Cast: Louise Evans (Jodie Whittaker), Crawford Hill (Toby Stephens), Manesh Kunzru (Riz Ahmed), Anna (Charlie Brooks), Ben (Sacha Dhawan), Erica (Helena Fox)
Director: Kenny Glenaan
Original air date(s): 10/13/2008 to 10/27/2008
DVD Date: 06/21/2011
Rating: Not Rated
Running Time: 134 minutes
Note(s): This miniseries is also marketed as "Wir£d".
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Review: A single mother gets caught up in a scheme to steal millions of pounds from the bank where she works in Wired, a high-tech financial thriller that originally aired as a 3-part miniseries on ITV in the UK in October 2008.
Louise Evans is a relatively low paid account manager at the bank, her job primarily to set up new accounts for customers, when she suddenly gets a promotion to manage the account of a wealthy client, who is selling his environmental startup company for £250 million. She quickly learns, however, that her best friend -- who also works at the bank -- arranged for her promotion, and that she's to play a role in setting up a dummy account into which the proceeds from the company sale are to be placed, from which the funds will then be wired offshore by another accomplice.
As the premise for a thriller, this is an intriguing one, but Wired is often uneven in its execution. The action is largely centered around Louise, who regularly alternates from being really smart to really dumb. An early scene shows Louise withdrawing funds from her bank's ATM, her account showing a significantly overdrawn balance. (I did not know you could get money from a bank in the UK from an overdrawn account; banks must be far more trusting over there than they are here in the US.) She gets no financial support from her ex-husband, and with a little girl to raise she can clearly use more money. A "blink and you miss it" backstory sets up how Louise could so easily be blackmailed into participating in the scheme. But is she so naive to think that by accepting -- and then immediately spending -- cash from a criminal for setting up the dummy account that she's somehow off the hook for any future activity? And worse, that when the funds from the account are stolen, the action won't be traced directly back to her by the authorities? A lot of attention is paid on how supposedly secure the bank is and how everything is monitored, both by cameras and by computer. Therefore, these early actions by Louise -- and others to come -- are even more frustrating because she can be crafty herself, to the point where it isn't clear who's side she's on and what exactly she's doing to get herself out of the situation she finds herself in.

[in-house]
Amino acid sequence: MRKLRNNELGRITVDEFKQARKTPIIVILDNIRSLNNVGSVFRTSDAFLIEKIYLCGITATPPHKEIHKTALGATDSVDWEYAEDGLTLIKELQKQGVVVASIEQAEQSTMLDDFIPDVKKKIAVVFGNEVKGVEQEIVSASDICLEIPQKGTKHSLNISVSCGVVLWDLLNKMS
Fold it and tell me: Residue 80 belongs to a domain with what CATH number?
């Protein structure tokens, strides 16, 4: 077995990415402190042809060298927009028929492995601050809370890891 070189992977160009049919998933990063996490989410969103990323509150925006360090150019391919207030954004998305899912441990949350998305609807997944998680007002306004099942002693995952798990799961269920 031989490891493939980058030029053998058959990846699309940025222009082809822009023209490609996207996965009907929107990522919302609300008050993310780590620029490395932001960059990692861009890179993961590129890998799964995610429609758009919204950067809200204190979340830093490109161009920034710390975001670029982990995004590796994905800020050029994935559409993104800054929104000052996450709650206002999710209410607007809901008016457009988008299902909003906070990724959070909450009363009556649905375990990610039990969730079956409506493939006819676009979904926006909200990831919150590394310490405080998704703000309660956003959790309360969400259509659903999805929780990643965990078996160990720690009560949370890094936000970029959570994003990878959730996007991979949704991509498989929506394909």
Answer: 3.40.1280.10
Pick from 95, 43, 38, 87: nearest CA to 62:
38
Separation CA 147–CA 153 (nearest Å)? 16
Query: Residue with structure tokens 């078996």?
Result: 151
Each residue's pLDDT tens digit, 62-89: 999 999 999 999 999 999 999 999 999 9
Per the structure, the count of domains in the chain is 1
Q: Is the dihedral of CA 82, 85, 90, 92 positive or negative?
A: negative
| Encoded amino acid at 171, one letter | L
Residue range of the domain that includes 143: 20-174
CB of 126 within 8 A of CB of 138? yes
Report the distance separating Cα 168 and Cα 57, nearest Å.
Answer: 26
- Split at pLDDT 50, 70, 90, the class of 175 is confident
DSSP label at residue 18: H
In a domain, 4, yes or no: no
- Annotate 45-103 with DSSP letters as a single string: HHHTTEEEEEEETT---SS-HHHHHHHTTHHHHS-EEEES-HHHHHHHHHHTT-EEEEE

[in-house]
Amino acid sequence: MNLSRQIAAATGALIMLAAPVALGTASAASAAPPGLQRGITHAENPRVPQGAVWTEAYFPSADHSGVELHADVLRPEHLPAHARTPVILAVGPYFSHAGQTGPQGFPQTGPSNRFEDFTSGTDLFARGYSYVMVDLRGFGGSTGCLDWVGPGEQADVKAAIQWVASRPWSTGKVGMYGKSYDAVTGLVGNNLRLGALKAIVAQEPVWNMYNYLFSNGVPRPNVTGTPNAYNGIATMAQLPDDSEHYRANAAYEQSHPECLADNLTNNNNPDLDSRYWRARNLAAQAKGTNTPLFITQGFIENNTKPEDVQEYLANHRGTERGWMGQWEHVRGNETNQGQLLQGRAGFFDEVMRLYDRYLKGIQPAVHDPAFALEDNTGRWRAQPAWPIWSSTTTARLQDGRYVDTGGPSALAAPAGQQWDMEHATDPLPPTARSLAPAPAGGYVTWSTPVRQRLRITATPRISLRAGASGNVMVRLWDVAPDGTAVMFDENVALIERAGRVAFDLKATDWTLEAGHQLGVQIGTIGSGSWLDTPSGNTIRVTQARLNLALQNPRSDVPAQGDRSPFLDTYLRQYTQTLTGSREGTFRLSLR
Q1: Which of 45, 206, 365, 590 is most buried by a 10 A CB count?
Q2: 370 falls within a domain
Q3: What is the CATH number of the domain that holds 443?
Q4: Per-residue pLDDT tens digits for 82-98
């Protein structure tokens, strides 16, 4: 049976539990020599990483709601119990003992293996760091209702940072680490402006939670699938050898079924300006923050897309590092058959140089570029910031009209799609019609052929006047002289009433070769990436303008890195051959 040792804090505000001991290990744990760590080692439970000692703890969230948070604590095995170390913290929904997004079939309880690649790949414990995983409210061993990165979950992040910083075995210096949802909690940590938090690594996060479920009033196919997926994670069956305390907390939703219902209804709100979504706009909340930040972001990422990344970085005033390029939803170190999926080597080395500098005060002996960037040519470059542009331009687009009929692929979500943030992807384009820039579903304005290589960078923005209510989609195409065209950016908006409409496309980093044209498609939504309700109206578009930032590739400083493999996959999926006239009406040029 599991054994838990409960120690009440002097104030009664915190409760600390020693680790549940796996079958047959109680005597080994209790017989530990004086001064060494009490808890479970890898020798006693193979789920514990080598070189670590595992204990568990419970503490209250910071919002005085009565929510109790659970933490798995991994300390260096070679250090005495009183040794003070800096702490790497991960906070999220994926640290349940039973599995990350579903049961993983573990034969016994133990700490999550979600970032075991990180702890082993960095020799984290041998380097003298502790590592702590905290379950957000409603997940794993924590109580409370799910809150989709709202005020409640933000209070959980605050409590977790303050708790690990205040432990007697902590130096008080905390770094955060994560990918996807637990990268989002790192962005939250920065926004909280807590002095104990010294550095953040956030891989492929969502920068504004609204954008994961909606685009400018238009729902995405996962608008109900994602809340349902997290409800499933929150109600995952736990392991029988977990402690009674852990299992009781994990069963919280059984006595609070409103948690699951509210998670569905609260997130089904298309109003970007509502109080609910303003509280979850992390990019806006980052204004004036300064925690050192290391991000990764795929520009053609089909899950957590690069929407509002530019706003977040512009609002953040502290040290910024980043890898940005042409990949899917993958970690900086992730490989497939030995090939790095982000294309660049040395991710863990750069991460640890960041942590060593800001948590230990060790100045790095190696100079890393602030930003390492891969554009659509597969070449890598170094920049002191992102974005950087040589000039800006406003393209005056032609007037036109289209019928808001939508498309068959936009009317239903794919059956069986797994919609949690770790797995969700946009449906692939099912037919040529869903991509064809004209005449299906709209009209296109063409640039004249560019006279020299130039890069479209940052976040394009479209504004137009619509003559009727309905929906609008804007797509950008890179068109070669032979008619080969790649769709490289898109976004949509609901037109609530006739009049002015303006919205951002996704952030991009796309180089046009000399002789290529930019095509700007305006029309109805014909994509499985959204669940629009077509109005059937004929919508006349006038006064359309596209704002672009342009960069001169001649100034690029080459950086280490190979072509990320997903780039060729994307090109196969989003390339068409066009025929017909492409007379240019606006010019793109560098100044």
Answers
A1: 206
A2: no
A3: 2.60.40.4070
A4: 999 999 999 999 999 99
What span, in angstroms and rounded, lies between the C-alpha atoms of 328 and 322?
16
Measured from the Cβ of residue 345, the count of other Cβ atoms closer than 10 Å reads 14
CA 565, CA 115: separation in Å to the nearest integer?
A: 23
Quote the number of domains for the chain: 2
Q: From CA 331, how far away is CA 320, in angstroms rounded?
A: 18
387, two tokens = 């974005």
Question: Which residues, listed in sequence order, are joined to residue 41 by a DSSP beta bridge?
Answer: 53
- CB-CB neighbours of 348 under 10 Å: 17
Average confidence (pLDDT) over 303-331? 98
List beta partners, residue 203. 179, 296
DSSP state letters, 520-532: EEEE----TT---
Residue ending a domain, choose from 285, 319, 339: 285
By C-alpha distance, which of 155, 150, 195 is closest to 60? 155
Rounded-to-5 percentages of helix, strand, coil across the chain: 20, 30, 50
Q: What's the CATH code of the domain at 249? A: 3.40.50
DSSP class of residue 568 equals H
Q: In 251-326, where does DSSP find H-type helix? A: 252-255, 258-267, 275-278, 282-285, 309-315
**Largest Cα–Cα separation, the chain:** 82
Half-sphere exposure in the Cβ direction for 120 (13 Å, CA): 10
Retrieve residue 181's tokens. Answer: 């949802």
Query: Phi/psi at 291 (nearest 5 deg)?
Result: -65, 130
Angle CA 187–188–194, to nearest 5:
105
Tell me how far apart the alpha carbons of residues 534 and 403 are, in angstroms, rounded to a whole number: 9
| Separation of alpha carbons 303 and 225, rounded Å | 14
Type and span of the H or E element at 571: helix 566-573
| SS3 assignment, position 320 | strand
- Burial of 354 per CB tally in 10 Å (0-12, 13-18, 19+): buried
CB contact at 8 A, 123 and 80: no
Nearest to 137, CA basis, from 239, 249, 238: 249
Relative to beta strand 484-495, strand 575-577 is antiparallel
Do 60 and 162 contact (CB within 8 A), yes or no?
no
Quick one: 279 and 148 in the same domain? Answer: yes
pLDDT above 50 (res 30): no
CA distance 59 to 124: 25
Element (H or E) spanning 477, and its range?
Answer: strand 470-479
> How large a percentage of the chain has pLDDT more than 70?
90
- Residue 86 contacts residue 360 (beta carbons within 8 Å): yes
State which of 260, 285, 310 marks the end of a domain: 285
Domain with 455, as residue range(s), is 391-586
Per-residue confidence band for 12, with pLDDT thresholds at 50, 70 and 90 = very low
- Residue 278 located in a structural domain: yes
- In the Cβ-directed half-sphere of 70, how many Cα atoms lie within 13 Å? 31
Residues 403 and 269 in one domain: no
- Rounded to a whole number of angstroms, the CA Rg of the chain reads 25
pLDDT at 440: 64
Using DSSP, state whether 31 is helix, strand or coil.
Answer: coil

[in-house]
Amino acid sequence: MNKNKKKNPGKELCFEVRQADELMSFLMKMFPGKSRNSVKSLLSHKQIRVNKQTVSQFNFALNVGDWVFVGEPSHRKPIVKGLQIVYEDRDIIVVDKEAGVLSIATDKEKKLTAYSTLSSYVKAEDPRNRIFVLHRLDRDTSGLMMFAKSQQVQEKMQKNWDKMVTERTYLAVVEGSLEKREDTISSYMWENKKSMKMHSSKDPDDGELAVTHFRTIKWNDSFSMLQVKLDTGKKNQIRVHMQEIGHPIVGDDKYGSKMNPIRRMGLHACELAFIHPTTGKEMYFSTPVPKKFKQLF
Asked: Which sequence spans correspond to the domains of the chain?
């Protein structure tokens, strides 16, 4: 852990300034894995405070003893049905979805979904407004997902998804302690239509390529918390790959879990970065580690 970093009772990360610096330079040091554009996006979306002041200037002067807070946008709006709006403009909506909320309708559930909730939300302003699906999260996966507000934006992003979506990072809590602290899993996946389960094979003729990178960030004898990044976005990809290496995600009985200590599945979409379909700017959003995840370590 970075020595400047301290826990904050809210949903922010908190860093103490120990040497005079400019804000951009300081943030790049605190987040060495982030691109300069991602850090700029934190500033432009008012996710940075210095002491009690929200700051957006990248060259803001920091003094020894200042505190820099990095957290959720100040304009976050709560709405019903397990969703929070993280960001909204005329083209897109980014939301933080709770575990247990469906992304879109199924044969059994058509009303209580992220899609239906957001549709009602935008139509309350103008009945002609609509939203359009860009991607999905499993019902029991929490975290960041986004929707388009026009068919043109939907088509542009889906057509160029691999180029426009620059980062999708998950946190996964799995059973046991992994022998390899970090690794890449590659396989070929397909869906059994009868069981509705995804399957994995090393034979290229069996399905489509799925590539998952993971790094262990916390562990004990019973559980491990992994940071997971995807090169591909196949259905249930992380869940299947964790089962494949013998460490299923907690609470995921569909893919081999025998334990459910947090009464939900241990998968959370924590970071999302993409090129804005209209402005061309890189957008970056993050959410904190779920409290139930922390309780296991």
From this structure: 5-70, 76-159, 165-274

Wired has a good look to it and seems appropriately cast, though some of the performances are a little overdramatic. And at just over two hours running time -- it can readily be viewed in one sitting -- a lot is packed into this miniseries. The plot moves along at a brisk clip, at times maybe a bit too rapid as I found myself occasionally wondering if I'd missed something along the way when a particular scene didn't quite make sense. This seemed to happen more in the subplot involving the criminals, which I thought not as crisply written as the main storyline. And I didn't think the romantic interlude between Louise and the cop investigating the case, and their subsequent sexual tension, was strictly necessary or even added any value. Still, the twists and turns kept my attention and I found myself interested, if not entirely surprised, in how it all played out ... though the ending could have been a little more cleverly devised.
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